“Our data centers are already some of the most energy efficient in the world, and last year we set a goal for all our data centers and offices to use 100% renewable energy by 2020,” Zuckerberg wrote on his personal Facebook page. “These new solar projects will help us reach that goal.”
It comes as Facebook battles New Mexico regulators over a new transmission line to its data center in the small town of Los Lunas.
State regulators last month declined to reconsider their decision for the largest utility to bill Facebook $39 million for the transmission line. They said ratepayers could not be charged for the project because the line wouldn’t benefit retail customers.
The Public Service Co. of New Mexico said it’s disappointed by the decision and is reviewing options for how to proceed.
The New Mexico data center is one of seven such sites for Facebook, and includes six buildings for data storage. It is situated on a patch of desert at the edge of Los Lunas, which lies just beyond the edge of New Mexico’s largest metropolitan area and along the Rio Grande.
Each of the data center’s buildings is roughly the size of four football fields and has several “data halls,” or darkened, vast rooms where Facebook plans to store dozens of rows of towering servers. Two of those halls are now in operation, while construction that began more than two years ago will continue until 2023, the company said.
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Ex-NFL player Kellen Winslow Jr. convicted of rape
By JULIE WATSON | Mon, June 10, 2019 08:57 EDT
SAN DIEGO (AP) — Former NFL player Kellen Winslow Jr. — the son of a Hall of Famer who himself earned more than $40 million during his career — has been convicted of raping a 58-year-old homeless woman last year in his picturesque beach community of Encinitas, north of San Diego.
A jury returned the verdict Monday in San Diego Superior Court in Vista but was expected to continue to deliberating on two more counts of rape involving a 54-year-old hitchhiker and an unconscious teenage girl in 2003.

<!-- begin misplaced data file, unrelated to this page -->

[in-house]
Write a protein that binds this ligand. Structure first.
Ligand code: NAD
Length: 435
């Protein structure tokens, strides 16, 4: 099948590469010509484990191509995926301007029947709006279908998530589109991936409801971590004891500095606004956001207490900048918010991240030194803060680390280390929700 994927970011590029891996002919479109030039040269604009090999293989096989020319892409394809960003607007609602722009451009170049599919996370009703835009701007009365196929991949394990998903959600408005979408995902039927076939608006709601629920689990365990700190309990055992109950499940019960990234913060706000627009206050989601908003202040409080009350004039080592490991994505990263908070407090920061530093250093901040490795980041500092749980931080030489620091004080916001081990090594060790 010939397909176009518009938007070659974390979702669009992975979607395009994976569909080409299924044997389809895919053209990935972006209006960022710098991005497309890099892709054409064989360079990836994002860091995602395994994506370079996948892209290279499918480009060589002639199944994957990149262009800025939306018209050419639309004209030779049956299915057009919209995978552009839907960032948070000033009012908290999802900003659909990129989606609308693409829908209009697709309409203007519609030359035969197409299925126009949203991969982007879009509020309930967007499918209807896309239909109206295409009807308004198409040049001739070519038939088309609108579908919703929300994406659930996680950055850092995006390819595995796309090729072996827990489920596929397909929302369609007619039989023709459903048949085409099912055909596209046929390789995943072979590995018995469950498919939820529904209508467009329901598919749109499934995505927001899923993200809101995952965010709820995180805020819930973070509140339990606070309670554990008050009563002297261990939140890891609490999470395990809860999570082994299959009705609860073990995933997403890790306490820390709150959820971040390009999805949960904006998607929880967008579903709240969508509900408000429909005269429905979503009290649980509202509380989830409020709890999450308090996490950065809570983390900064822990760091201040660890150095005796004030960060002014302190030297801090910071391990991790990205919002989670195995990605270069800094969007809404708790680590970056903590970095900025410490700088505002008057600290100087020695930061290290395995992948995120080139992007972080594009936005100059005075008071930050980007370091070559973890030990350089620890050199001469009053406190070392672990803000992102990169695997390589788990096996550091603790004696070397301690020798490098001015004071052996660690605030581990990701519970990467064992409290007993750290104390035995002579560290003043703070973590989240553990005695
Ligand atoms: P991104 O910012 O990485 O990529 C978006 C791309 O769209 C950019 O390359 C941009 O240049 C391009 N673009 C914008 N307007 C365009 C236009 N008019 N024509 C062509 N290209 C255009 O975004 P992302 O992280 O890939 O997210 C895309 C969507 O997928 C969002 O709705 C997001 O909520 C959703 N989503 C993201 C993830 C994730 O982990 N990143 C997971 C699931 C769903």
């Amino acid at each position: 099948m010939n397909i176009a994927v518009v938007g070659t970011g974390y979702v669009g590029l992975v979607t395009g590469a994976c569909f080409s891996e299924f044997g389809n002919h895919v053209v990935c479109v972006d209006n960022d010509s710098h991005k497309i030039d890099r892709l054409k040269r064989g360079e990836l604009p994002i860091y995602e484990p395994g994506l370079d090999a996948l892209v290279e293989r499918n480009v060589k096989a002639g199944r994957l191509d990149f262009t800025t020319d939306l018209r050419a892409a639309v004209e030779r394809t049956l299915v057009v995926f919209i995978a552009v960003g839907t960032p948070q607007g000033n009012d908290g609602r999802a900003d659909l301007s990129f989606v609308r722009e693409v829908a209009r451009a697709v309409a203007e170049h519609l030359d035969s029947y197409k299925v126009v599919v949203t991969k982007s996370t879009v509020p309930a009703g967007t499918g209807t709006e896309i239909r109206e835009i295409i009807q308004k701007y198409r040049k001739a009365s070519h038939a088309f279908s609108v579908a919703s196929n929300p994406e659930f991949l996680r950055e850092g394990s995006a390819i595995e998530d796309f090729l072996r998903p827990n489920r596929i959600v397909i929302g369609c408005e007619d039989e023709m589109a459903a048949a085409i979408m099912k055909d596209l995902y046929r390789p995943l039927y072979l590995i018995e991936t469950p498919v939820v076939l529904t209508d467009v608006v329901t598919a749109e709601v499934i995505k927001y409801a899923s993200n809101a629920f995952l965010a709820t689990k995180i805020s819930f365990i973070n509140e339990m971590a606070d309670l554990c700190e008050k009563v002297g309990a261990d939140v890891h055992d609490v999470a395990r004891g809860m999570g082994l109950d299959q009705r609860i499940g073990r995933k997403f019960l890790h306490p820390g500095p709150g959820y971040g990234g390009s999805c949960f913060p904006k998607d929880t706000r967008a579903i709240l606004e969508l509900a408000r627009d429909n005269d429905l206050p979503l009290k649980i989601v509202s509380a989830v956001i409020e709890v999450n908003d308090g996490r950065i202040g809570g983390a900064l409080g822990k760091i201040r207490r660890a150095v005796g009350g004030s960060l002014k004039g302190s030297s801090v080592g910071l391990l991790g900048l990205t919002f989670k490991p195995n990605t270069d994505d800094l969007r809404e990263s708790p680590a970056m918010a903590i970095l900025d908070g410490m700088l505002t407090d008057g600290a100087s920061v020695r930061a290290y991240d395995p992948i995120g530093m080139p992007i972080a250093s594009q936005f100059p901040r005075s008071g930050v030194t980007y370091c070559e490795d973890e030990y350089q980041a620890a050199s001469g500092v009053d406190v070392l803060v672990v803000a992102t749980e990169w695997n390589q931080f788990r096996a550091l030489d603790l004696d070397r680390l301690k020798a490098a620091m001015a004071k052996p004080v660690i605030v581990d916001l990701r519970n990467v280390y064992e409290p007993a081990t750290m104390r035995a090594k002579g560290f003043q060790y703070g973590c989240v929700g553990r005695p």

The jury also found the 35-year-old former tight end guilty of indecent exposure and lewd conduct involving two other women, but jurors found him not guilty of one count of a lewd act.
Winslow, who played for Cleveland, Tampa Bay, New England and the New York Jets, faces up to life in prison if convicted of all counts.
All five women testified during the nine-day trial. Winslow did not take the stand.
Defense attorneys pointed out inconsistencies in the accusers’ testimonies and argued the women invented the allegations to prey on the wealth of Winslow.
Prosecutors say the son of Hall of Famer Kellen Winslow felt empowered by his fame to abuse the most vulnerable.
Prosecutor Dan Owens told the jury of eight men and four women that Winslow is a “wolf in sheep’s clothing.”
The homeless woman in Encinitas, who was 58 at the time, testified that he befriended her and attacked her next to his vehicle after inviting her for a coffee in May 2018.
A 54-year-old hitchhiker said he drove her to an Encinitas shopping center parking lot and raped her in his Hummer in March 2018.
A 57-year-old woman said he exposed himself to her while she tended to her garden in May of 2018. The jury found him guilty of that charge Monday.
After news of the attacks broke, a woman came forward and said Winslow had raped her when she was a 17-year-old high school student in 2003. He was 19 at the time and had come home from college for the summer. She said she passed out at a party in a San Diego suburb and woke up to find Winslow assaulting her.
A 77-year-old woman who went to the same gym as Winslow in the beach community of Carlsbad said he committed lewd acts in front of her, including touching himself, while Winslow was free on $2 million bail in February. The jury found him guilty on the charge of touching himself in front of the woman at the gym, but not guilty of committing a lewd act while in the facility’s hot tub in front of the same woman who said it happened on a different occasion.
After the jury sent a note saying it was deadlocked on the eight other charges, the judge sent them back to deliberate. Jurors went home less than an hour later and were ordered to resume deliberating Tuesday.
The panel on Friday sent a note to the judge indicating it was possibly struggling to find agreement.
“The jurors could benefit from an explanation as to what being under oath means,” the note said. “Additionally, how we should follow the law and not what we think the law means.”
The judge told jurors being under oath means telling the whole truth and that they should follow the law how it is written.
Defense attorney Marc Carlos questioned the credibility of the women’s claims, saying they had lied, misconstrued things or were unable to initially identify him correctly.
Defense lawyers also said the sex was consensual and that Winslow had cheated on his wife repeatedly with no-strings-attached sex.
Prosecutors said the crux of the women’s stories didn’t change and that evidence included traces of Winslow’s DNA on one of the accuser’s pants and GPS locations placing him where the women said the assaults occurred.
The five women testified that they didn’t know Winslow was famous when they met him.
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Central Americans pursue US dream despite Mexico crackdown